Monday, December 19, 2011

Guest Chef

One of our commenters alerted us to this brand new restaurant that just opened between Rikyu and our least favorite restaurant, The Burrito Shop. Guest Chef is a unique concept, this is from their website:

"Guest Chef is a fully equipped restaurant and kitchen incubator. If you have a specialty dish, a novel cuisine, or an experimental take on a classic, come and showcase your culinary skills to an audience of eager diners. Schedule your two week run and Guest Chef will become YOUR restaurant."

We went on December 17th, 2011. The chef that night was Paul Skrentny of Paul's Paella

Brussel sprouts with bacon AND prosciutto. This had a high meat to veggies ratio. We noticed Paul cutting the brussel sprouts straight off the stalk; you could taste the freshness. We love bacon (AND prosciutto) but sometimes dishes like this can be heavy or greasy. The sprouts were so lightly cooked and crispy that the whole thing seemed more like a salad than a pork soup.

Scotch eggs. These were amazing! It's a hard-boiled quail egg, wrapped inside chicken-basil sausage, dredged in Panko breadcrumbs, (wrapped in an enigma) and then deep-fried. It came with some kind of pink sauce that looked like thousand island dressing, but it wasn't. Whatever it was, we liked it a lot. Go eat these.

Chicken and chorizo paella. We figured the paella would be good, since it's kind of Paul's thing, and it was. Great seasonings, perfectly cooked rice, tangy olives, and bright green peas. It tasted as delicious as it looks. And it comes with a (non-edible) doily!

Flan. This was the only desert on the menu, and we didn't actually order it. Our neighbors at the table next to ours (who we struck up a conversation with during dinner) were too full to eat theirs and insisted that we try it (and take a picture). We're not huge flan fans but as flans go, this one was not too sweet and had a delicate consistency. We wouldn't say it was "flantastic" but it was certainly "fladequate".

The kitchen crew. That's Paul in the center. If you can make it to Guest Chef before January 1st, these guys will make you some awesome paella. If you go after that it will probably be completely different.

The restaurant itself is small and cozy with nice exposed wood beams in the ceiling. Service was great, and we're looking forward to trying Guest Chef again the next time there's an interesting sounding chef. We hope it's as yummy the next time as it was on our first trip! And no, we will not be going back every two weeks to review it whenever the chef changes.

We give Guest Chef (and Paul's Paella) 4 sabuys.

Next stop: Cactus Taqueria


We ate at Oliveto in august with our good friends Peter and Christa, but got too busy this fall (see previous post) to write about it. So, without further ado...

Grilled Sardinian-style sausage with sun-dried tomatoes, pine nuts, and mint. With roasted Jimmy Nardello peppers and frisee salad. The sausage had interesting spices and the three parts all complemented each other.

Burrata cheese with Early Girl tomato mamellata, arugula, and charcoal-grilled crostino. We liked this.

Charcoal-grilled prime flatiron steak with Yellow Romano beans, Parmesan sformatino, and Yellow Finn potatoes. The sformatino is the little bit poking out from behind the potatoes on the left. It is like a cheese flan.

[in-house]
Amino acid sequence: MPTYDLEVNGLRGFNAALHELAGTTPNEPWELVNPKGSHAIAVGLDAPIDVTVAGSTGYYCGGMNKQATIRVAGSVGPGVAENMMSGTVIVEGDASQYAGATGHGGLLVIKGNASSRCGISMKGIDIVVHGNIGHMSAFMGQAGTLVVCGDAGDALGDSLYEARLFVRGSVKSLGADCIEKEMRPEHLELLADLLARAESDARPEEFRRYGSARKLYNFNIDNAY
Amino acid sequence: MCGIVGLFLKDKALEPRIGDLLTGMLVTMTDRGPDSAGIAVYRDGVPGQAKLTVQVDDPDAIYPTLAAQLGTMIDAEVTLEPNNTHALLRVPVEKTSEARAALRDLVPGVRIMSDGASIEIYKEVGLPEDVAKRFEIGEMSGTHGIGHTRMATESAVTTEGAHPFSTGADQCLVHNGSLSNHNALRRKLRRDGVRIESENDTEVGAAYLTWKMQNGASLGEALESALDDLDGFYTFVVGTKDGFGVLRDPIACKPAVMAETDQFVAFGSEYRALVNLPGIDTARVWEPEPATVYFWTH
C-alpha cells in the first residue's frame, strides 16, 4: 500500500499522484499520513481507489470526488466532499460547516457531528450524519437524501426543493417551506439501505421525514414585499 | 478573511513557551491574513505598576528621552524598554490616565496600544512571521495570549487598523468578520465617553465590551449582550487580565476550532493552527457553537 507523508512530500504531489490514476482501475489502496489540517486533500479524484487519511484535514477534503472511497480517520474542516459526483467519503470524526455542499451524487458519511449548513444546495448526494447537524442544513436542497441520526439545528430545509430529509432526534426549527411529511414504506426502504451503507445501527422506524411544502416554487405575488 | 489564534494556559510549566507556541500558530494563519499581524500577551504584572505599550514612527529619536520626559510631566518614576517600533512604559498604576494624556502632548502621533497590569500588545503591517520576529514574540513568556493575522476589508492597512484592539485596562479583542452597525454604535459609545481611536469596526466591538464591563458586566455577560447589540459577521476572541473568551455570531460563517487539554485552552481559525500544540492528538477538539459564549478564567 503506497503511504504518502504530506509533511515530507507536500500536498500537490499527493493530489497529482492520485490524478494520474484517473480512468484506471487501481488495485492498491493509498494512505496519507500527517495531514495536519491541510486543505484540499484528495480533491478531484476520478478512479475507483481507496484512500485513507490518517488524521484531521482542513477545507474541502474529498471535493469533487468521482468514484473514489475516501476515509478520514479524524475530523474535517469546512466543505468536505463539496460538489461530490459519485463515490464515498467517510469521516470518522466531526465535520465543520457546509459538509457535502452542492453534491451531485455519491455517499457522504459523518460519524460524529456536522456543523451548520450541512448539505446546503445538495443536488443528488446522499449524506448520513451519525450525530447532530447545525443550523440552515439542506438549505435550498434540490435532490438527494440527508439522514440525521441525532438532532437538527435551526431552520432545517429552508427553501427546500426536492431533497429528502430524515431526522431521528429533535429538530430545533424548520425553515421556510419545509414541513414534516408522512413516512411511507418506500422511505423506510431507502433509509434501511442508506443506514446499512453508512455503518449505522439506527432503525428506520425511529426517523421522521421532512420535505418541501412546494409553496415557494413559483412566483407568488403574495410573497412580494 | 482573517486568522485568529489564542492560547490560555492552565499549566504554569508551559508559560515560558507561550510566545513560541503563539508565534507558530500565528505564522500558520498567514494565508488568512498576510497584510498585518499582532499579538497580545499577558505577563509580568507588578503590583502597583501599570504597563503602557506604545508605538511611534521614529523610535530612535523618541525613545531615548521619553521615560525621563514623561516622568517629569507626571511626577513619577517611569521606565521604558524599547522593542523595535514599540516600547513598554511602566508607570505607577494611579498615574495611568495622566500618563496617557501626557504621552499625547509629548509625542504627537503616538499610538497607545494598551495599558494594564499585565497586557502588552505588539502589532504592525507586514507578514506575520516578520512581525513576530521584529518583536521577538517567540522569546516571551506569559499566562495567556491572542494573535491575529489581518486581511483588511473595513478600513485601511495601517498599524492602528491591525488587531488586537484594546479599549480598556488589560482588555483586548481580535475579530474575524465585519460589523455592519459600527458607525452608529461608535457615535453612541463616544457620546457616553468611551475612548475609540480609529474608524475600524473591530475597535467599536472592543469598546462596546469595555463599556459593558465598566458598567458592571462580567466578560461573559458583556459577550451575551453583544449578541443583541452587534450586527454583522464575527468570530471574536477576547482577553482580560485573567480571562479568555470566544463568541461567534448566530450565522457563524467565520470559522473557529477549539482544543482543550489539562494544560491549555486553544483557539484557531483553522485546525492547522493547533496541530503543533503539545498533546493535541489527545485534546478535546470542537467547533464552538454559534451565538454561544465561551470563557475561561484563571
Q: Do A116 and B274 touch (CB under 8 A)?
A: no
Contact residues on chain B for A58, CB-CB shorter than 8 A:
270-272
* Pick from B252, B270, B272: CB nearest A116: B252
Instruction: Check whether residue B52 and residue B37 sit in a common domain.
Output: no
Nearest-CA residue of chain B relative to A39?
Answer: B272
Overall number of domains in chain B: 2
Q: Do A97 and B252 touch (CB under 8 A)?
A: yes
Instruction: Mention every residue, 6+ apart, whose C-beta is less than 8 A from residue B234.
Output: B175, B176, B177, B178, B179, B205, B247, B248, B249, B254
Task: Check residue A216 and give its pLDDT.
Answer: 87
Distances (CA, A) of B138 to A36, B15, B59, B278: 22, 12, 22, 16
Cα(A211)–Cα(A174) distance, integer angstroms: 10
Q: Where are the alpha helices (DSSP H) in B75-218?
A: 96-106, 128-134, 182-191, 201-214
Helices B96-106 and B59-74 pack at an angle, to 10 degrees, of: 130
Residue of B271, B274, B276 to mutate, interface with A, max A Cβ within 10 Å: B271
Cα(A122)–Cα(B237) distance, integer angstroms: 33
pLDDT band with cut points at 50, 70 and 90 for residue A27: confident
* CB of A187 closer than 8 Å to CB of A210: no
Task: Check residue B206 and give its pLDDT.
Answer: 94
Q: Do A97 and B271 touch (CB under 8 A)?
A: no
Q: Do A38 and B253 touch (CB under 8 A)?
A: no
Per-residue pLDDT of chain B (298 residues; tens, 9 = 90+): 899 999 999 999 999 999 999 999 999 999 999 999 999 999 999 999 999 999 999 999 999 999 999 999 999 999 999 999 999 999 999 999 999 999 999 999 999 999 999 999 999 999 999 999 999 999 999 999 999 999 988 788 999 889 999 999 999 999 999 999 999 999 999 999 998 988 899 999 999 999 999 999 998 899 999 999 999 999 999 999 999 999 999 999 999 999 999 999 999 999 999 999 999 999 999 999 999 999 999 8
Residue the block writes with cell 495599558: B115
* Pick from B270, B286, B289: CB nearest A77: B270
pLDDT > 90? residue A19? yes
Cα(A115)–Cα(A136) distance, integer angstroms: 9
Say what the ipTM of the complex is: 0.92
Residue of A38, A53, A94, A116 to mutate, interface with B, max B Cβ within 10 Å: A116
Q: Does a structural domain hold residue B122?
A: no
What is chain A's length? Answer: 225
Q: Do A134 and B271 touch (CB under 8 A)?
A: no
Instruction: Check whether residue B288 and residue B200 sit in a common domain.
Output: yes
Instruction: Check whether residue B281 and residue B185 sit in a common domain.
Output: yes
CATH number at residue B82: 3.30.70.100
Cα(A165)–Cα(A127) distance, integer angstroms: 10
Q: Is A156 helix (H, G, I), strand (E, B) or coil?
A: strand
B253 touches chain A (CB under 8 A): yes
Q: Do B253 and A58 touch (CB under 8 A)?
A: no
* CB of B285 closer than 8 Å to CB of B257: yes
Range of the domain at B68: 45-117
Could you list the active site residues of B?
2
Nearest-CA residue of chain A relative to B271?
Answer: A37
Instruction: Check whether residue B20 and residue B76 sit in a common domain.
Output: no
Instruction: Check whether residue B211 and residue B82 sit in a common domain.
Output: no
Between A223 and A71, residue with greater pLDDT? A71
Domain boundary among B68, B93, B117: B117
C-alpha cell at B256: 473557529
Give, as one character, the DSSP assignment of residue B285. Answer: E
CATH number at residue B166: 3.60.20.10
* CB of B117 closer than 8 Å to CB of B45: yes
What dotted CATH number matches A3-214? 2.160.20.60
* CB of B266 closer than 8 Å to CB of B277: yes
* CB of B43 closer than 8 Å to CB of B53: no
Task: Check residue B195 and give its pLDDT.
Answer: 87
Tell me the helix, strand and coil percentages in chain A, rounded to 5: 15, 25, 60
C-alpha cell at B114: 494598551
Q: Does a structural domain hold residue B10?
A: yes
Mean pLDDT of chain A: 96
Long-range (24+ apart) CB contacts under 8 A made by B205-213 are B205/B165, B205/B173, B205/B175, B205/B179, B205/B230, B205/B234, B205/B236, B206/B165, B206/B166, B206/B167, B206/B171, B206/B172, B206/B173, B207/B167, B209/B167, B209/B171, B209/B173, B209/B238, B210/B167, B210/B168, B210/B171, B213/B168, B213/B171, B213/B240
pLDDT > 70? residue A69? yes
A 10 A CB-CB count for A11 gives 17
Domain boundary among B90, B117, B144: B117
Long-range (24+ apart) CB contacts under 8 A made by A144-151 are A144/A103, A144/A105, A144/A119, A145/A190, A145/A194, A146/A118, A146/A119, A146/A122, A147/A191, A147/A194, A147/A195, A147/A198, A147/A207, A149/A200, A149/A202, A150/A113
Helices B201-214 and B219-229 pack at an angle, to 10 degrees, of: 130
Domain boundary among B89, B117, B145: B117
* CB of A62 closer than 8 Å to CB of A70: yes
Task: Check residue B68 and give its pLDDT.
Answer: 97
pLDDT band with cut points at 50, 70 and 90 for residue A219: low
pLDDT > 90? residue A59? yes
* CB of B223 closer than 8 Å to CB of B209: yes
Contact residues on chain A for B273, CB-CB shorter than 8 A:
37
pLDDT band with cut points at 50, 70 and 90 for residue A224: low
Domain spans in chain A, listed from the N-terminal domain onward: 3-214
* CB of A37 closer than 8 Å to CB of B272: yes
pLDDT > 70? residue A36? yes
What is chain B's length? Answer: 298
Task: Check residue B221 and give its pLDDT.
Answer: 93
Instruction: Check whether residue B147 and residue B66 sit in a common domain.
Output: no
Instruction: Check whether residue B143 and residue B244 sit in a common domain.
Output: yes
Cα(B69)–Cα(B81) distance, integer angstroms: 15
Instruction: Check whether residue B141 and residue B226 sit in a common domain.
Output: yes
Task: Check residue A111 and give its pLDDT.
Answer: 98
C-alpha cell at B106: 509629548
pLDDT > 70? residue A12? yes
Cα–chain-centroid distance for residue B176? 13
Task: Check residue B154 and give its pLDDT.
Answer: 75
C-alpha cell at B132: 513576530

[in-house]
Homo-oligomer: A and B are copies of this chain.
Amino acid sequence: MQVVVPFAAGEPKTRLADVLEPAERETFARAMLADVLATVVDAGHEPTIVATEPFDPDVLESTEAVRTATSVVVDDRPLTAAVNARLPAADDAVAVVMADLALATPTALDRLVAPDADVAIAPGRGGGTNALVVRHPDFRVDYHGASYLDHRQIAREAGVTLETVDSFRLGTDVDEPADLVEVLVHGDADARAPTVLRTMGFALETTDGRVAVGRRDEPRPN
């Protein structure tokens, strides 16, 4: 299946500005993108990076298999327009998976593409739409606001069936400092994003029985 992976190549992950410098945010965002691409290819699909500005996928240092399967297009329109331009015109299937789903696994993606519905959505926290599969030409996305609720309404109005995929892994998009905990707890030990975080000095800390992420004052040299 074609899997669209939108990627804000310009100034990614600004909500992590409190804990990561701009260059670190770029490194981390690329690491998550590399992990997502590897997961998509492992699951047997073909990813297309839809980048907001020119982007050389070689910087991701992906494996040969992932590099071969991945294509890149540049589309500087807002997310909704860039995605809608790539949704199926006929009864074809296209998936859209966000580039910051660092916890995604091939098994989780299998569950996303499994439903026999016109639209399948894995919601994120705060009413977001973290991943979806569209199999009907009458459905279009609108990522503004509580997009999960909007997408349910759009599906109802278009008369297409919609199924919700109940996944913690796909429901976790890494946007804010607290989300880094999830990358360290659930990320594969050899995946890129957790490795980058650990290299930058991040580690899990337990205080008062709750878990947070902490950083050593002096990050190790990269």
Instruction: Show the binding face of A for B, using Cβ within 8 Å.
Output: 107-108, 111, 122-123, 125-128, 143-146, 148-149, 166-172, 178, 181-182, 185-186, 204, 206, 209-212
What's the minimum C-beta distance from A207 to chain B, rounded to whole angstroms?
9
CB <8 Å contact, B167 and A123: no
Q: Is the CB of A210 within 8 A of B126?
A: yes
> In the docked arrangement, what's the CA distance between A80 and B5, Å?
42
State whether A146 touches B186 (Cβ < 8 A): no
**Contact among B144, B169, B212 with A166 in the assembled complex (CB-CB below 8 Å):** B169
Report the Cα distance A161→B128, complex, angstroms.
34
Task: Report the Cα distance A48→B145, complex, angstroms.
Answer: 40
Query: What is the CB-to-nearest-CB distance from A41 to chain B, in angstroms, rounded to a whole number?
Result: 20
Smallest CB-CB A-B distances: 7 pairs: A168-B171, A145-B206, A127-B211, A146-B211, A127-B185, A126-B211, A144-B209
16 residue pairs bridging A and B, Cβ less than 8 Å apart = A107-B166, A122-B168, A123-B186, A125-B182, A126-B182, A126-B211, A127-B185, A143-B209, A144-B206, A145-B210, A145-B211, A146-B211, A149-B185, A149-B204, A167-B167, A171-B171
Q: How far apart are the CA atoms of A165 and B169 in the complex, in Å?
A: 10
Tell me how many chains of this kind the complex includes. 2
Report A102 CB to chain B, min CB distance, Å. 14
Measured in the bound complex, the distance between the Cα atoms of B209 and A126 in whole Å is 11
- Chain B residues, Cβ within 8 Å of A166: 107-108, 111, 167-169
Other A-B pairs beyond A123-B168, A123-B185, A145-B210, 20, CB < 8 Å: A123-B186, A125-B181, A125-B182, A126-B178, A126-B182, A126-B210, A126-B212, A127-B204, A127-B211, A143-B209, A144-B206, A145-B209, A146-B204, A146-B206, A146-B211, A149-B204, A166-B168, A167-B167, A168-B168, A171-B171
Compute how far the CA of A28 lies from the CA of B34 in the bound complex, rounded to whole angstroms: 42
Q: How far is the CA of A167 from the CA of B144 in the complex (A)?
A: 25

Tortelli of roasted pork with Early Girl tomato-vodka brodo. It was delicious, but tiny. You can fit 100 of these tortelli on the head of a pin.

Charcoal-grilled pork porterhouse with fresh Cranverry beans, oven-roasted Early Girl tomatoes, and pork sugo. This was a little smokier and gamier than we would have liked.

Pappardelle rosse with San Marano tomato-braised beef shoulder, hot pepper, and  oregano. Also tiny. Picture taken at 1000X magnification.

We have had great meals at Oliveto in the past but this wasn't one of them. Considering the crazy high prices, you expect it to blow your mind, but our minds were unblown. Oliveto gets three sabuys.

Next Stop: Guest Chef

Been gone for a while

So, we haven't posted in a few months because we've had... er... some other stuff going on. For the next 4.5 months the tiny person above will be attending all our reviews and Steve will be drinking for two (or three). We will try to get back to posting more regularly... until around May 30th.

Tuesday, August 16, 2011

Market Hall

We thought Market Hall was going to be an epic review since there are so many stores in there that serve food. But it turns out there are only three places in Market Hall that actually qualify as "restaurants" according to the rules of our blog.

The restaurants we reviewed are: 
  1. The Pasta Shop
  2. Market Hall Bakery 
  3. Peaberry's Coffee and Tea
So we figured we could do all three in one trip. 

We will not be reviewing Market Hall Produce, or either of the butchers as they don't prepare food onsite. We will also not be reviewing Bloomies Flowers, sorry vegetarians!

The Pasta Shop

The Pasta Shop has fresh cut pasta, a deli counter, cheese counter, and a large selection of scoopable salads and other prepared foods.

We knew we were going to have pastries for dessert, so we opted for a light lunch. From top to bottom of the stack in the above left photo:
  1. Indian cauliflower - Briana thought this one was bland and gross. Steve found it bland but not that gross. Not a ringing endorsement. It sounded so promising! 
  2. Quinoa salad with sun-dried tomatoes, eggplant, red onions, and green peppers-  We both liked this one a lot. The texture was interesting, and the tomatoes were tart.
  3. Avocado salad with corn and lettuce - Another winner. Very fresh and light tasting. A great choice for a hot day (which it was).
  4. Meatballs in marinara sauce - How do you mess up a classic like this? The texture was just wrong, like they used bubble gum instead of bread or something. The sauce was also very Boyardeesque (TM).